ACL Surgery for Children and Teens: Where You Seek Treatment Matters

Tears of the anterior cruciate ligament (ACL) are among the most common sports injuries – especially among children and adolescents involved in competitive sports that require a lot of running, jumping and quickly switching directions. ACL surgery and rehabilitation in a child or teen should account for the fact that the bones are still growing. In this video, a young athlete shares her story, and doctors at Children’s Hospital of Philadelphia (CHOP) talk about CHOP's approach to care.

Highlights include:
0:01 Molly’s ACL injury
2:35 Why ACL injuries in youth are different than adults
2:55 Growth plates and why they matter
3:54 CHOP’s ACL experience
4:20 ACL reconstruction techniques
4:46 How we avoid disturbing the growth plates
5:19 Importance of mental recovery and coping
5:47 ACL rehab and other support services
6:35 A focus on young athletes


ACL Surgery for Children and Teens Where You Seek Treatment Matters

Molly: A competitive cheerleading routine is 2 minutes and 30 seconds of non stop, really hard work.

You're either tumbling, stunting, jumping, doing dance, doing the pyramid, performing. And you don't stop and don't cheer at all. You don't talk. And we don't have pom poms or anything like that. And we practice a lot. We practice 15 hours, sometimes a week.

At the day of my injury, we were probably 20 minutes into practice, and I just did round off back handspring double full, and I landed, and I just felt a pop in my leg.

Bridget: So Molly had called me. I literally just dropped them off at the gym, and she's oh, I got hurt. So then we drove down to CHOP.

Molly: I was just waiting for my results, and then my dad came in my room crying, and I was like, what is happening? And he was like, you tore your ACL and your meniscus.

J. Todd Lawrence, MD, PhD: So the ACL stands for anterior cruciate ligament. It's a crucial ligament for controlling the stability of the knee and how the knee works.

Brendan A. Williams, MD: It also helps with rotational forces about the knee. But the primary and most important function is it protects the knee from more significant knee injuries.

Kathleen J. Maguire, MD: It's a vital structure in terms of maintaining the stability of the knee with normal day to day activities, but more particularly with athletic activities that do require that cutting and pivoting kind of shifting motions through the knee.

Theodore J. Ganley, MD: So as kids get bigger and stronger and faster, they generate more force and then they can tear their ACL.

Molly: I met Dr. Ganley two days after I got my MRI results in, and he was basically telling me that I have to get surgery, but we have to wait six weeks because I had a torn meniscus, torn ACL and a sprained MCL and LCL.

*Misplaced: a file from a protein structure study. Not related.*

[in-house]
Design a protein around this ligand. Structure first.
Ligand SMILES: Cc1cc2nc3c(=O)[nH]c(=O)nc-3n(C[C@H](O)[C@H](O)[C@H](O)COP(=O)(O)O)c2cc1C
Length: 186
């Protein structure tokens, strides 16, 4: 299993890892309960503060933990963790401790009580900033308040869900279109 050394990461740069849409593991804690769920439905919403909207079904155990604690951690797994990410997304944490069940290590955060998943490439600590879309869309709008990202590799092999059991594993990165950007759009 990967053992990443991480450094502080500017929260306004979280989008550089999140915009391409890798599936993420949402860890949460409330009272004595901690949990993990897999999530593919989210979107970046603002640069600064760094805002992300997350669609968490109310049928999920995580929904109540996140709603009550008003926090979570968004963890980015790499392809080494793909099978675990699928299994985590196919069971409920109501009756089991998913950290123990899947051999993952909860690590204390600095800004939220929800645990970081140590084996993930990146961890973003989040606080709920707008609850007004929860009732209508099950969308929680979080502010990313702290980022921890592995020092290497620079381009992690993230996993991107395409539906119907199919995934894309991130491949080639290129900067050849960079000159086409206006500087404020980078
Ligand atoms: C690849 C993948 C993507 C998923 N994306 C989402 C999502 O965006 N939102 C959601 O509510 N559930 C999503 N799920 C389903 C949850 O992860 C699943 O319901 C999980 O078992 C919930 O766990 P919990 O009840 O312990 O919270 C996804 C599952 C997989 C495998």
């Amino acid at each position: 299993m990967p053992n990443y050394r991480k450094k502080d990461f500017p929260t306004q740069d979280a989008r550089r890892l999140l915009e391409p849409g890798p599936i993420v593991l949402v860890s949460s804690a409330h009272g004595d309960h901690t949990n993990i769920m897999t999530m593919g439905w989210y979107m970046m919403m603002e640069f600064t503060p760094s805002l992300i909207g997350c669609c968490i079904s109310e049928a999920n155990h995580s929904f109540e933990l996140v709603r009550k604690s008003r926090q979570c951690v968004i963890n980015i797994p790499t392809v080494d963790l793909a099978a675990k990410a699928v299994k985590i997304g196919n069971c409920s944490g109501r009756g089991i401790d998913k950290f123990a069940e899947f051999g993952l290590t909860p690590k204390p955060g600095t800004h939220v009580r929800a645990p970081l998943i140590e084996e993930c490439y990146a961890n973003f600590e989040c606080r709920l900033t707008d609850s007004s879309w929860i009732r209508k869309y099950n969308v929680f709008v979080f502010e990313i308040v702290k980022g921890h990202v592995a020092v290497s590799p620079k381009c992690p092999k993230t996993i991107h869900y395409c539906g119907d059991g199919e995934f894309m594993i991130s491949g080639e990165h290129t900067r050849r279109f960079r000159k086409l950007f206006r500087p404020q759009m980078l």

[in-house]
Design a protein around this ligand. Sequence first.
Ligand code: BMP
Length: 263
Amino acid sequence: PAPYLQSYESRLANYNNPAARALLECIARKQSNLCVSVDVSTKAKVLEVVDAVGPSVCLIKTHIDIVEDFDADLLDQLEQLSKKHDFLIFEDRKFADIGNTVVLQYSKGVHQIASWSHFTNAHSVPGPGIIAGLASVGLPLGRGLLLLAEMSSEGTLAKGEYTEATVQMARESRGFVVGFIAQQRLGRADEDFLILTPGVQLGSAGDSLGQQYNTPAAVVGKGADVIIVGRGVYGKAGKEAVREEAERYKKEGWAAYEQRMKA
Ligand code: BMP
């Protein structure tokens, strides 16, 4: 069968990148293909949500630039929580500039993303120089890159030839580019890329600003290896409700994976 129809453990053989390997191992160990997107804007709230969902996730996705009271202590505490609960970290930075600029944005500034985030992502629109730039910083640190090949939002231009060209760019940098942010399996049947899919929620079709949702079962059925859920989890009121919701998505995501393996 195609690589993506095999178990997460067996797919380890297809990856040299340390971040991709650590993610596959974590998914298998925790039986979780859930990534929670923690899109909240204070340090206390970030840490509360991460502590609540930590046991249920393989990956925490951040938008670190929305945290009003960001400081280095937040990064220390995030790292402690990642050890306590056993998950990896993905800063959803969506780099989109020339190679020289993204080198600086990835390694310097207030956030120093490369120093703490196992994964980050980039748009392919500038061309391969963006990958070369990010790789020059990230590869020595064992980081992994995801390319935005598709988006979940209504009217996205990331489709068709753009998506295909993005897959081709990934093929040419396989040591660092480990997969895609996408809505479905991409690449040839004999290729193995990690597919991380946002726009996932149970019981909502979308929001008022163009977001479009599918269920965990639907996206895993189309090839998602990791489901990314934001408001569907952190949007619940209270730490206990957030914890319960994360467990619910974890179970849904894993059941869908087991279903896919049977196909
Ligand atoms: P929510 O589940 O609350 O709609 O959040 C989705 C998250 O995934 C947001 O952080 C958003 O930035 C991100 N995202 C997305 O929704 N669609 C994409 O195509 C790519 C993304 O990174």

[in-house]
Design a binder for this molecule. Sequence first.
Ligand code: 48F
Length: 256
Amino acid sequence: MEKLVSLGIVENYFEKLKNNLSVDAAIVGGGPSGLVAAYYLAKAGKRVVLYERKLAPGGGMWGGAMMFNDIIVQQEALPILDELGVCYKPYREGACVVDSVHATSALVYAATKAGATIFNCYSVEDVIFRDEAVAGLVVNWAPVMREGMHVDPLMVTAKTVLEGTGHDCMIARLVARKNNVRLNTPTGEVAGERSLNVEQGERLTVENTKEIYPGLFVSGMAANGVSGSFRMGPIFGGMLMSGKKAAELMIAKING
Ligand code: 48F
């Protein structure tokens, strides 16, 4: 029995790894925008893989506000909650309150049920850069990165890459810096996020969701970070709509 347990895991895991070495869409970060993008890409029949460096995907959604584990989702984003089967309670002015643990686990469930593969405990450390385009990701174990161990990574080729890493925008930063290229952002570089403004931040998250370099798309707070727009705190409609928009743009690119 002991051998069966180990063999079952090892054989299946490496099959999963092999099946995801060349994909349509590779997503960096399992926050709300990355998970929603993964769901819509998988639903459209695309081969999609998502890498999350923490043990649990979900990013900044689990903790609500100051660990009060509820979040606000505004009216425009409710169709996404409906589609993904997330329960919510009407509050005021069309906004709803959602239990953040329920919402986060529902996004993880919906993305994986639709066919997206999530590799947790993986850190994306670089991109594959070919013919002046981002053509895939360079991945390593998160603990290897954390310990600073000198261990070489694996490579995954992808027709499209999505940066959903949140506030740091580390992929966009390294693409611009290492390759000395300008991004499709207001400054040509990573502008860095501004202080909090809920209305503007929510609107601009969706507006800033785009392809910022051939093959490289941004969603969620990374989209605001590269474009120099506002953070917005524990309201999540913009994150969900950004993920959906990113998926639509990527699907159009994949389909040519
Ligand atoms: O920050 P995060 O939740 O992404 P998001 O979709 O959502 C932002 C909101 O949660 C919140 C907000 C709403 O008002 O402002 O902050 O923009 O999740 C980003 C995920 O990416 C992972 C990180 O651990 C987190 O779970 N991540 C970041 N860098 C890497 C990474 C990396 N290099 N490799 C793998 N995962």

Theodore J. Ganley, MD: When I first met Molly, she was certainly down and out, as anyone who's so dedicated and committed to a sport can be, but she knew the path forward and she was very committed to address every step required to get her back to full, peak performance.

J. Todd Lawrence, MD, PhD: At CHOP we tend to think about these injuries differently in kids who are growing and that's probably the main reason that people kind of seek out care here.

Some of the standard techniques that people use to address or fix ACL tears in adults can actually interfere with the normal growth of the knee.

Kathleen J. Maguire, MD: Right at the ends of each of the bones is a special cartilage that's essentially what we call the growth plate and that's cartilage that helps to make the bones longer and also wider over time.

We've developed different techniques that we can use to spare the growth plates, to kind of work around the part of the knee that's still growing, and to hopefully reduce the risk of causing long term issues with growth or deformity at the knee joint in the future.

J. Todd Lawrence, MD, PhD: During that preoperative evaluation and experience, we really like to make sure that patients understand the full extent of their injury and the full extent of what it's going to take to get them fixed up and back on their feet and back out there doing sports again.

So the ACL's a fairly predictable time frame for us. We're expecting to find meniscus tears both on the inside and the outside of the knee. We will take great care of you like you're one of our own. And come find us when we're done. Very good.

Provider: What if you try to straighten your knee out?

Theodore J. Ganley, MD: Children's Hospital is certainly among the highest volume centers for pediatric ACL reconstruction and repair.

We've had patients coming locally, regionally, nationally, and at times internationally, because we've developed less invasive ways to treat these injuries.